Beijing’s mass eviction programme is leaving workers out in the cold

A rare street protest against evictions from the Beijing Zoo wholesale market. Image: Getty.

As the sub-zero temperature of the Beijing winter closes in, tens of thousands of the city’s migrants are being suddenly and at times brutally evicted from their homes, with little if any options for alternative accommodation in the city.

Nearly 40 per cent of Beijing’s 21.7m population are migrants, most of them rural people working in construction and courier services. They were hauled in by the millions to ready Beijing for the 2008 Olympics, and many came afterwards seeking work; now they are being pushed out of the capital they helped create. These workers live in rundown migrant villages on the outskirts of Beijing, a stark contrast to the central urban sky rises or increasingly ‘beautified’ hutongs, the ancient alleyways of central Beijing, which themselves were subject to a summer remodelling programme, which evicted hundreds of people.

Lately, however, the shabbier outskirts have been under attack by the Beijing government. Following a fire in Daxing, a migrant village on Beijing’s southern fringe, that killed 19 people on 18 November, the government launched a mass demolition programme across the city of buildings deemed unsuitable for habitation. The cited reason was public safety. But many believe that the eviction programme is in fact part of the government’s ambition to cap the city’s population at 23m by 2020.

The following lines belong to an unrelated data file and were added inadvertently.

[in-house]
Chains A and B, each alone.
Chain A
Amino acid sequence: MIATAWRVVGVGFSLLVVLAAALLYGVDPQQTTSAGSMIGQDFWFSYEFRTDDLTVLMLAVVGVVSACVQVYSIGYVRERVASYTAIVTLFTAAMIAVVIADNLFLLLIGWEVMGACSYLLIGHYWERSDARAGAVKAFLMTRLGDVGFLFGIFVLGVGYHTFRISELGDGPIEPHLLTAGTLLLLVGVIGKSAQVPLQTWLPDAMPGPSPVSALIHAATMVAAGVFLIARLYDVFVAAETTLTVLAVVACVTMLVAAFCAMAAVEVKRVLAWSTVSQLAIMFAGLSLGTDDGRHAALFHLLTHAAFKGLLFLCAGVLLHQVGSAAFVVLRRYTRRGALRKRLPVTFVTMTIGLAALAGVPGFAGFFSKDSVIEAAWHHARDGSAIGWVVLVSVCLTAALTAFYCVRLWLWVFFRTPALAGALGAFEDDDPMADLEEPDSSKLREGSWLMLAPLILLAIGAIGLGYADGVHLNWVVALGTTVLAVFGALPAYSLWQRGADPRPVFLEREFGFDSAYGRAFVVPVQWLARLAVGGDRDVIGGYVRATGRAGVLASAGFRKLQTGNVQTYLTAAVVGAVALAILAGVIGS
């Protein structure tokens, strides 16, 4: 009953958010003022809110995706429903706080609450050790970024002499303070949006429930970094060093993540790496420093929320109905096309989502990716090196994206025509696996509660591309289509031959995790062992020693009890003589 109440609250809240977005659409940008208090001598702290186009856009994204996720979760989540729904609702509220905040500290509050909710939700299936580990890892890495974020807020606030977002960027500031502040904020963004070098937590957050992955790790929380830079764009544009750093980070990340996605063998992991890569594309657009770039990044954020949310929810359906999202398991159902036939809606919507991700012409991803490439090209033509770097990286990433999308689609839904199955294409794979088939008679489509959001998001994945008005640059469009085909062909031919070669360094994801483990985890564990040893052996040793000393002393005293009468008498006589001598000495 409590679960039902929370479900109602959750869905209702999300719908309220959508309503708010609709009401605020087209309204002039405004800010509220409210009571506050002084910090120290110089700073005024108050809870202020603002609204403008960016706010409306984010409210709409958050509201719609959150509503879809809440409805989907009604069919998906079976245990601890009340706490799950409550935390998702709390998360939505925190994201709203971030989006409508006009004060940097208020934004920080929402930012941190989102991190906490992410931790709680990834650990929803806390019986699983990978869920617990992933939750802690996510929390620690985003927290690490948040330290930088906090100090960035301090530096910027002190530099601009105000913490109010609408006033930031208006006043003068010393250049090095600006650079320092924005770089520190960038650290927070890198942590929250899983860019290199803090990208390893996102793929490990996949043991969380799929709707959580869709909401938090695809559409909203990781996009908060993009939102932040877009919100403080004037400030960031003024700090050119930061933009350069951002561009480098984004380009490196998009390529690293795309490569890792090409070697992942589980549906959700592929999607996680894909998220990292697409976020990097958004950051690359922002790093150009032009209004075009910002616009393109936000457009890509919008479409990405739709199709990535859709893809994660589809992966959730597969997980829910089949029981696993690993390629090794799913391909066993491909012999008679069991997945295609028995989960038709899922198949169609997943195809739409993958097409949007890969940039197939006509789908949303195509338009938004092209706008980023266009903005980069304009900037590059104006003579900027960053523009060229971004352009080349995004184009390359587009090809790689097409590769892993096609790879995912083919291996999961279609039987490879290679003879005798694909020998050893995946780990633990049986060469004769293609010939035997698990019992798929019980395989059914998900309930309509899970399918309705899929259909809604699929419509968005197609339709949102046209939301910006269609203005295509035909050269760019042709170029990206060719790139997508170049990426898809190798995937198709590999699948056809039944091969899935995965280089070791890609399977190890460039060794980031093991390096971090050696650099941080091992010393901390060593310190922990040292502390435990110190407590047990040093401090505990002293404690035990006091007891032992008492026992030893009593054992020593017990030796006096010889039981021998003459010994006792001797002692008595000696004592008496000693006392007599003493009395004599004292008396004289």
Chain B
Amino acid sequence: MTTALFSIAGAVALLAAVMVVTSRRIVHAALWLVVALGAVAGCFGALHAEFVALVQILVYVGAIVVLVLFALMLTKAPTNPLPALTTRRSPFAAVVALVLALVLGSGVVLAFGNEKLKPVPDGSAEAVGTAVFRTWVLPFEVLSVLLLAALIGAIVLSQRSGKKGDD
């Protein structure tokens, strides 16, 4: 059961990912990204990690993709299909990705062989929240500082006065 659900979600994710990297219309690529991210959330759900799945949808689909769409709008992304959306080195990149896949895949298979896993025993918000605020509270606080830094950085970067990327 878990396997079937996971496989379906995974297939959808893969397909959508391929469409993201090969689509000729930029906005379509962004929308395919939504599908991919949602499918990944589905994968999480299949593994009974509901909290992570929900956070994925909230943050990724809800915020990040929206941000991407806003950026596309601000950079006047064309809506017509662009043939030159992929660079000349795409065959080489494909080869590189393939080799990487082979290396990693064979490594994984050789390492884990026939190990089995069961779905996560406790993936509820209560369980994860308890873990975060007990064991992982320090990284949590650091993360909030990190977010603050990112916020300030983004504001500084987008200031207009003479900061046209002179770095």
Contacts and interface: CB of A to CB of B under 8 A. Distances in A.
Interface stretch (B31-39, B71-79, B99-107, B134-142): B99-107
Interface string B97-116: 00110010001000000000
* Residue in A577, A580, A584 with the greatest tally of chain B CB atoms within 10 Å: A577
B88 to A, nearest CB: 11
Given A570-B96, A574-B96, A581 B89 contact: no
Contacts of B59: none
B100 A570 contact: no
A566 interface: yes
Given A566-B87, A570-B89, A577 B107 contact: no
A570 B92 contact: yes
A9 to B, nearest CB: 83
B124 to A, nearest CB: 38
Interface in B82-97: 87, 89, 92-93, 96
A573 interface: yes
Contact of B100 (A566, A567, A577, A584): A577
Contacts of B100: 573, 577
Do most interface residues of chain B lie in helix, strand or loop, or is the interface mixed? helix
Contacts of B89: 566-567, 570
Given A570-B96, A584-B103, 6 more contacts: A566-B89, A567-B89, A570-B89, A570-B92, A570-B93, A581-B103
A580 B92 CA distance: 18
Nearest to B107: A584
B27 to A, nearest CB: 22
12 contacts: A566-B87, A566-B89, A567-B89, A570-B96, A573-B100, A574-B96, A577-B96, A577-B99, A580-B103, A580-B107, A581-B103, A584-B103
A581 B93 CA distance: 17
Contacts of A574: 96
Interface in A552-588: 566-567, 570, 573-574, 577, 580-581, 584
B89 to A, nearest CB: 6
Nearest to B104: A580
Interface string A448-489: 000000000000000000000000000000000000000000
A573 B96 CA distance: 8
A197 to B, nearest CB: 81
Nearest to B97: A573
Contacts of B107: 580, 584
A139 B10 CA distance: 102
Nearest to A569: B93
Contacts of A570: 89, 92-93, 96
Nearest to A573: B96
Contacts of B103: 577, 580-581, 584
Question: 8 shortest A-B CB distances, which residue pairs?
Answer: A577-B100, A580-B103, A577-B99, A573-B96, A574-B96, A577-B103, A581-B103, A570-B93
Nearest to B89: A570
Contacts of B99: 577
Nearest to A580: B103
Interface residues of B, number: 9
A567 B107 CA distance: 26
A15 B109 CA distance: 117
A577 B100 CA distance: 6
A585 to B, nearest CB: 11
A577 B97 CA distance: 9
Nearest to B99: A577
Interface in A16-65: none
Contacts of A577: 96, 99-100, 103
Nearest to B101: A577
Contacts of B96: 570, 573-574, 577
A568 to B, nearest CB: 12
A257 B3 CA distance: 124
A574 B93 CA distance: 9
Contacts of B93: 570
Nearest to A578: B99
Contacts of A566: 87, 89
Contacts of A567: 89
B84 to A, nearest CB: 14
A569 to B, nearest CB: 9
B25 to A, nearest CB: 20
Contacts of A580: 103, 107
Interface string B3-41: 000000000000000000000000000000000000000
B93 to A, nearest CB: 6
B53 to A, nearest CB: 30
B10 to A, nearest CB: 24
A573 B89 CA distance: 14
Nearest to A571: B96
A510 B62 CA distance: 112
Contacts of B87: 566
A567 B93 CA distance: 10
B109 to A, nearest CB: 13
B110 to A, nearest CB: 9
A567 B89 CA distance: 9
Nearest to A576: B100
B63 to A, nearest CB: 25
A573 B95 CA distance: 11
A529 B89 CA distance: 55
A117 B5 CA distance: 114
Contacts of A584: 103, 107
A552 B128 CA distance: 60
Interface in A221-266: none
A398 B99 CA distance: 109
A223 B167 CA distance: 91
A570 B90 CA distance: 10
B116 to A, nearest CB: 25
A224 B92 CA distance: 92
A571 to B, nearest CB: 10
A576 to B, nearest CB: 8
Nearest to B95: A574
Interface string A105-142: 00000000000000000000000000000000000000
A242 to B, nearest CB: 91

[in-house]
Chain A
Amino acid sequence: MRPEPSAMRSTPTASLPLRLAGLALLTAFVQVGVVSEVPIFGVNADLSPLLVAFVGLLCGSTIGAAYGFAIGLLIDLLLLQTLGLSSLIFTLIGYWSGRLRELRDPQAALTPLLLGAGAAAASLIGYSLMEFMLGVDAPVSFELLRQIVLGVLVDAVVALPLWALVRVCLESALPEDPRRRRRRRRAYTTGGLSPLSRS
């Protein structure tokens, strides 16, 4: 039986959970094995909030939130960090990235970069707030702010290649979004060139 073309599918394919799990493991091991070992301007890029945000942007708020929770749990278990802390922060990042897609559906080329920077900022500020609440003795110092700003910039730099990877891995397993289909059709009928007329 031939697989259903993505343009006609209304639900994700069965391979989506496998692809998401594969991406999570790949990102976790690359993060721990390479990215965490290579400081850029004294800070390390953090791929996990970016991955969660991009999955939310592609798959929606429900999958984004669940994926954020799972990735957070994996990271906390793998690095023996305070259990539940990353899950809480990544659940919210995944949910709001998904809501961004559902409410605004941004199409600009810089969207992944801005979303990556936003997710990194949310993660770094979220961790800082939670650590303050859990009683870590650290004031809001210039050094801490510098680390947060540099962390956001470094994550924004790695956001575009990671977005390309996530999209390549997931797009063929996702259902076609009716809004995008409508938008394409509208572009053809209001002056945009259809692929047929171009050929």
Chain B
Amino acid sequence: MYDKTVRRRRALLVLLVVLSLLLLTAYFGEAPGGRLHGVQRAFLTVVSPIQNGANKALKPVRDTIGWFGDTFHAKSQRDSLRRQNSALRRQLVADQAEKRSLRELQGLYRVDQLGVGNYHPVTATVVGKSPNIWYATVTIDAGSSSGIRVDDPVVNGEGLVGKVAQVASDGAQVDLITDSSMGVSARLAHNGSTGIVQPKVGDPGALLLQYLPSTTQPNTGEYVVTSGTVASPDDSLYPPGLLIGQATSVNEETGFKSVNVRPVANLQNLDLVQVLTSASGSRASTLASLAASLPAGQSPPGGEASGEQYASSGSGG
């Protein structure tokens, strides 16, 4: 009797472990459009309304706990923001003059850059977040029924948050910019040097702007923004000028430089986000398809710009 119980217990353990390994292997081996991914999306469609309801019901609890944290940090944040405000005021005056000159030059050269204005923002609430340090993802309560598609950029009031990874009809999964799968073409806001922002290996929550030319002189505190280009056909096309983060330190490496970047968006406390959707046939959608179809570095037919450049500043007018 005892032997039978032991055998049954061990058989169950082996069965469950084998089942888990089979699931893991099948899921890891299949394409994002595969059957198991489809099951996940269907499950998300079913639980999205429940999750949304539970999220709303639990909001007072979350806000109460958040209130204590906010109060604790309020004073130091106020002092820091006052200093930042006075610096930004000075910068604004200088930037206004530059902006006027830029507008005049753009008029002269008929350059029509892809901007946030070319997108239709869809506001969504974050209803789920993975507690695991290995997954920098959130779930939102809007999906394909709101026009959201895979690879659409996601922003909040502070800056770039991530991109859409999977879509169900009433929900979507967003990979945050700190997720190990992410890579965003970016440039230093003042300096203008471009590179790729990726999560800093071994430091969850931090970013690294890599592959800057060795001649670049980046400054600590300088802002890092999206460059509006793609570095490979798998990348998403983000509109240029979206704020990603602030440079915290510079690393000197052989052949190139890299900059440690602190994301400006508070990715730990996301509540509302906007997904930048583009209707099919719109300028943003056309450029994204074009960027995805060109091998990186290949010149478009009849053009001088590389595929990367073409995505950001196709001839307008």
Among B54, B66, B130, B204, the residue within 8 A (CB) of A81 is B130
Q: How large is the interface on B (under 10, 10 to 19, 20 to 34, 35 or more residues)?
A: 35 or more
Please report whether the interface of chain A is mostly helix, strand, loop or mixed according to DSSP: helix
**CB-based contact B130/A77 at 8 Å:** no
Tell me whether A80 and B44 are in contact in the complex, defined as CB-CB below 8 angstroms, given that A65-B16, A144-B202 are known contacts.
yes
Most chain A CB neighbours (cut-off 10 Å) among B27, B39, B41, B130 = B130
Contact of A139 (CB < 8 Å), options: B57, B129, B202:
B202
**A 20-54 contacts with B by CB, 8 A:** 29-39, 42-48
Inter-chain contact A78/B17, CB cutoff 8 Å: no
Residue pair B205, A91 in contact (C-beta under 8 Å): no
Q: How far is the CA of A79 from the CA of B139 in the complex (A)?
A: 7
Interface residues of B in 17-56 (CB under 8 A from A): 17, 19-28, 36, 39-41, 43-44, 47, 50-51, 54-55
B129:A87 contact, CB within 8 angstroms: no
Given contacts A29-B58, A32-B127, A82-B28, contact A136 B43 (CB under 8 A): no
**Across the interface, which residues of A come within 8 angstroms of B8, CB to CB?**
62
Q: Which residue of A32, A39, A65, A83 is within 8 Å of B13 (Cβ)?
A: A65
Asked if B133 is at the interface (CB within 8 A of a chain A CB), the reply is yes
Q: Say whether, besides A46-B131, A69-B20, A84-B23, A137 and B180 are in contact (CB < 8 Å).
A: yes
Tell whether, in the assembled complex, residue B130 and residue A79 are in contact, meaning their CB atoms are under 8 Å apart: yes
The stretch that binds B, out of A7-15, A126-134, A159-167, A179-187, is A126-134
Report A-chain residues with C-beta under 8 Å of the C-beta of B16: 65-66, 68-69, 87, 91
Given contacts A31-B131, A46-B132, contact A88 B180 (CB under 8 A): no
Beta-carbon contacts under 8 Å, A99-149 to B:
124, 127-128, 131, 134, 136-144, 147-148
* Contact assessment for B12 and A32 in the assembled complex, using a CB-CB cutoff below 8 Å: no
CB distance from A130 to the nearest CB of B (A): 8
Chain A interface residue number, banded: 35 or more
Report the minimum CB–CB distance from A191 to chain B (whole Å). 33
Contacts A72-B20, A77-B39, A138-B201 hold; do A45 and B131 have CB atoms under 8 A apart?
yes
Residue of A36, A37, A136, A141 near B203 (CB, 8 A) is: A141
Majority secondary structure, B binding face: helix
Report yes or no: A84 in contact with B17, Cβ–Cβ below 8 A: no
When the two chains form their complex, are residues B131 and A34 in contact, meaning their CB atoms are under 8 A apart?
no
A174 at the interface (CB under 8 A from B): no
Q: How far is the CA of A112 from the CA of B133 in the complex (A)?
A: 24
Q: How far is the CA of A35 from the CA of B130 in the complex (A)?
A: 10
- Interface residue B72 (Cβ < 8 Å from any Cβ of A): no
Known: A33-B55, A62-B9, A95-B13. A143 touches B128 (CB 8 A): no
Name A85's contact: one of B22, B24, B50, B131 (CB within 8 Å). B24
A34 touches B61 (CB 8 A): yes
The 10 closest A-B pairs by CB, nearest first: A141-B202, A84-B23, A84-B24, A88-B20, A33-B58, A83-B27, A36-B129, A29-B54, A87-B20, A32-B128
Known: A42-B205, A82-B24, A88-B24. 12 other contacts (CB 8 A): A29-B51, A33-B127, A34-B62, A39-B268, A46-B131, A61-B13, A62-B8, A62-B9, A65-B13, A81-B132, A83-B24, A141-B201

Si Ruomu, a 28-year-old programmer from Inner Mongolia moved to Beijing in the summer of 2017, was evicted twice in three weeks since the Daxing fire. The first time he got 48 hours’ notice; the second he got a more generous 72 hours, although the landlord turned off the water and electricity immediately. Both apartments were costing him 1000 yuan per month, but the second was much smaller and on the city’s fringes, closer to Hebei than central Beijing. Before the Daxing fire, such a property would have cost 500 yuan per month, but housing supply is rapidly diminishing.

Si’s second eviction notice cited “vague reasons” about fire safety, even though his block was a newly built, two storey building with smoke detectors, fire escapes and plenty of other safety features. “It’s not in the public benefit, which is supposed to be the government’s responsibility,” he told me on the day of his second eviction, as he mused on returning to his small home village where there is no demand for a man of his qualifications.


Si is unlike the typical victim of the current spate of evictions in that he is highly educated – he studied computer science in New Zealand – and works in a white-collar industry. He is just the kind of worker that many thought Beijing sought to attract, rather than the “low-end”, according to official documents, population of workers in menial but essential jobs.